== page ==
But for most people, God's existence is as much a fact of nature as anything else. Therefore, God should be part of science.
Most people couldn't care less about the day-to-day work of scientists. They neither realize nor care that actually the job of the scientist is to go into the lab or the field and come out with useful results. If you try to point out to them that theories based on the supernatural are not helpful, they give you a funny look. What helpful? It's true, therefore it's scientific.
Had Grant had more than two seconds to respond to O'Reilly's insanity I'm sure he would have pointed this out. That's what he had in mind, I suspect, in talking about conventional standards of science. But to O'Reilly and many of his viewers, talk of “conventional standards” is equivalent to setting up arbitrary rules for the purpose of keeping God out. That view is delusional, but no less common for that.
GRANT: To the best of my knowledge, it has not yet been done. That’s correct.
O’REILLY (overtalks the last 8 words): OK. Now. Do you not talk about cloning of human beings in biology class? Do you not talk about the possibility that may come about in the future?
GRANT: In certain special classes and the bioethics classes, we definitely do talk about that....
O’REILLY (overtalks last 3 words): Yeah. It’s not science, sir!!
GRANT: ...whether it could or should be done. It’s very much science.
O’REILLY: Yeah. It’s not science, is it?
GRANT: There’s an enormous amount of science in it.
O’REILLY: It’s not!
O’REILLY: Whoa! Whoa! Whoa! It’s not science. It hasn’t been done.
GRANT: Yes, it is.
O’REILLY: So, by your theory in the creationism deal, you shouldn’t talk about that at all, because it hasn’t been done, it hasn’t been proven, nothing’s happened there!
As is often the case, the transcript does not do justice to what actually took place. Those who watched the segment saw O'Reilly in full ridicule mode here.
More to the point, does anyone know what O'Reilly is talking about here? All Grant said previously was that there are certain conventional standards of science that guide researchers in their work. Where did O'Reilly get the nonsense about cloning not being science (whatever that means) because no one had done it yet? Had Grant said anything that could even be misinterpreted to mean that?
GRANT: That’s not the definition of science and I never said that was the definition of science - that it hasn’t been done and it hasn’t been proven. What I’m saying is that we use conventional information about what our best understanding of the natural world is at this point in time. Of course it can change. I can give you lots of examples of where we have to change. That’s the nature of science. It does not take a biblical or any particular source as unchanging truth. We continually test. We continually monitor. We continually change.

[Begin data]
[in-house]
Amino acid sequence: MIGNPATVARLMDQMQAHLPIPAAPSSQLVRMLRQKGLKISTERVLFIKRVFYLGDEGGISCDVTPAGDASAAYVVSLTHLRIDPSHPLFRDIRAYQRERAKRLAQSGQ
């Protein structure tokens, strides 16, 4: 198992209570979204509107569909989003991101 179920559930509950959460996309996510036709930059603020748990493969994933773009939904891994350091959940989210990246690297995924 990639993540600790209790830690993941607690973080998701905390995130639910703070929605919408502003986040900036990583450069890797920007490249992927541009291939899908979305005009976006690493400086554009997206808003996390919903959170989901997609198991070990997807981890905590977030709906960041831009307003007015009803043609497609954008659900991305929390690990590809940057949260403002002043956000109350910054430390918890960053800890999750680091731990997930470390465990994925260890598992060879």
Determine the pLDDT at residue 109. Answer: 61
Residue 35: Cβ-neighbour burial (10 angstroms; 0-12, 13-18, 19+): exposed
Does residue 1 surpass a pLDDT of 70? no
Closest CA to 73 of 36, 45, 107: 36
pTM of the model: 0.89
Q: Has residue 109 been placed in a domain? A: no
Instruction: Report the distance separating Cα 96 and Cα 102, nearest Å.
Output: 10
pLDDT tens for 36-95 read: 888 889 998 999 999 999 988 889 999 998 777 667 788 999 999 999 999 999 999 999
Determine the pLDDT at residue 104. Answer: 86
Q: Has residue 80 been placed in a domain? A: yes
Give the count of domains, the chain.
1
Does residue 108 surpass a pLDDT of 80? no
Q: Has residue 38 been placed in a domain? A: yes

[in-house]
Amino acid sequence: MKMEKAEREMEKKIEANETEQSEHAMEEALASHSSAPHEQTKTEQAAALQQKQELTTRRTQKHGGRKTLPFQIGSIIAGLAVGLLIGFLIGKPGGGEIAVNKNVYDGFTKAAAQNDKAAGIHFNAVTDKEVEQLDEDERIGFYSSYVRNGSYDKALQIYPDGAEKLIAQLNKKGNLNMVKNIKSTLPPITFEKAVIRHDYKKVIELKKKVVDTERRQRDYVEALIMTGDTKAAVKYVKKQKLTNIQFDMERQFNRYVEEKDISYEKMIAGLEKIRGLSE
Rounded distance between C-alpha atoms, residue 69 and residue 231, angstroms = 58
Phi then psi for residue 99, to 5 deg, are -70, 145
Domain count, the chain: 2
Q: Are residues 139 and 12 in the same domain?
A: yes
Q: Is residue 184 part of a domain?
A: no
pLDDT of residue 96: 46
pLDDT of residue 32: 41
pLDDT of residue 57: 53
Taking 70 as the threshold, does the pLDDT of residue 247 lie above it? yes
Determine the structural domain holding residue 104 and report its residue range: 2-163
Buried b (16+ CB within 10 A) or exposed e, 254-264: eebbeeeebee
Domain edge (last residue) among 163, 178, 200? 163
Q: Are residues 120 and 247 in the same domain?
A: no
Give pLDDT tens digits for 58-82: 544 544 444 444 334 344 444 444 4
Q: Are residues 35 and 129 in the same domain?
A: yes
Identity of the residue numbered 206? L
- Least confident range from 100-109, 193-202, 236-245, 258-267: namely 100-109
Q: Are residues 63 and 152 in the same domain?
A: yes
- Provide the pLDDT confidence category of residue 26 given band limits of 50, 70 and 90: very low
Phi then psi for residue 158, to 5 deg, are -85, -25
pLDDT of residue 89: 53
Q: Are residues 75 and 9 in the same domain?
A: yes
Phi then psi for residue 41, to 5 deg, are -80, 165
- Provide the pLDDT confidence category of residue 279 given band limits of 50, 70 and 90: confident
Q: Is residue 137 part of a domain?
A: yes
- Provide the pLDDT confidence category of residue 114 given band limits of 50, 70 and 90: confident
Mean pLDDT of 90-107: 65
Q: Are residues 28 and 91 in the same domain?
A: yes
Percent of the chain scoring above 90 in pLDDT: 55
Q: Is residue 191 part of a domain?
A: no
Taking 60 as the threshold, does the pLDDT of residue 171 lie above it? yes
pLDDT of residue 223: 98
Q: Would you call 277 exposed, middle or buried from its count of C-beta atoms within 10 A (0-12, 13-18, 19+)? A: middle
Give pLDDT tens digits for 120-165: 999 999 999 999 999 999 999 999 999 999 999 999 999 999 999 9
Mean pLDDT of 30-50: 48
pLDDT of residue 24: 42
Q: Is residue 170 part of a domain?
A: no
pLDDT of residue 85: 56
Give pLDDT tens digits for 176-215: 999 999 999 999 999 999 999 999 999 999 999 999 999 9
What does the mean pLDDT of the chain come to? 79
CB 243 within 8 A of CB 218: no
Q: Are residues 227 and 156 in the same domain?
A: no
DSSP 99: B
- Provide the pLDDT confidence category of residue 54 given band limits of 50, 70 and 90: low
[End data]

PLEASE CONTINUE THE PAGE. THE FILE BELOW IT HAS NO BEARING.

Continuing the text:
O’REILLY (overtalks last 6 words): I wouldn’t teach the Bible. I - see, I agree that I wouldn’t say “Look, you guys should read Genesis and do the Adam and Eve nuh” - if I were professor of biology, I wouldn’t, I wouldn’t do that. But I would say “Look, there are a lot of very brilliant scholars who believe the reason we have incomplete science on evolution is that there is a higher power involved in this and you should consider it as a scientist.” I don’t think there’s anything wrong with that, Professor. And I think the people like the ACLU, who don’t want you to mention it in your biology class, are the Taliban. I think THEY are the ones that are infringing on the rights of all American students by not allowing that to be at least considered. I’ll give you the last word.
O'Reilly has a lot of nerve. When a handful of carzy leftists go to a Bush protest and liken Bush to Hitler, O'Reilly wails about the cheapening of our discourse. On the same show we are discussing above O'Reilly took a PETA representative to task for their recent ad campaign comparing meat consumption to the Nazi holocaust. Too extreme, he said. Yet he thinks nothing of likening the ACLU to the Taliban. Just lovely.
Incidentally, loyal O'Reilly viewers will recognize the line “I'll give you the last word,” as O'Reilly-speak for “I'll let you say one more sentence before cutting you off and telling the world you're an idiot.
GRANT: I think it should be considered in the classes that I mentioned. But you don’t start from the premise that Dembski, who’s one of the leading members of the Intelligent Design group, says. [Reads] “As Christians, we know naturalism is false.” If you start from that premise ...
O’REILLY: Nah. I wouldn’t do that.
GRANT: ... you’ve abandoned science.
O’REILLY: Sure. I mean ..
GRANT: Well, that’s one of your leading Intelligent Design individuals.
O’REILLY: But it’s not me! And I’m sayin’ you guys are all wrong by not allowing a biology class to consider the universe in all the forms that it may take. Professor, we appreciate your point of view. Thanks very much.
As I said yesterday, these chat shows exist for the sole purpose of aggrandizing their hosts. What O'Reilly understands that many of his guests do not understand is that talking to his viewers is like to talking to babies: It doesn't matter what you say. All that matters is the tone you use. You will never be able to nail someone like O'Reilly because he works completely unfettered by any regard for the truth or the facts. All that matters is that he is the one talking most of the time and that his tone is one of complete confidence.
All of cable news and all of talk radio is like this. The only comforting aspect of this I can think of is that O'Reilly is by far the most successful cable host and he only gets about three million viewers a night.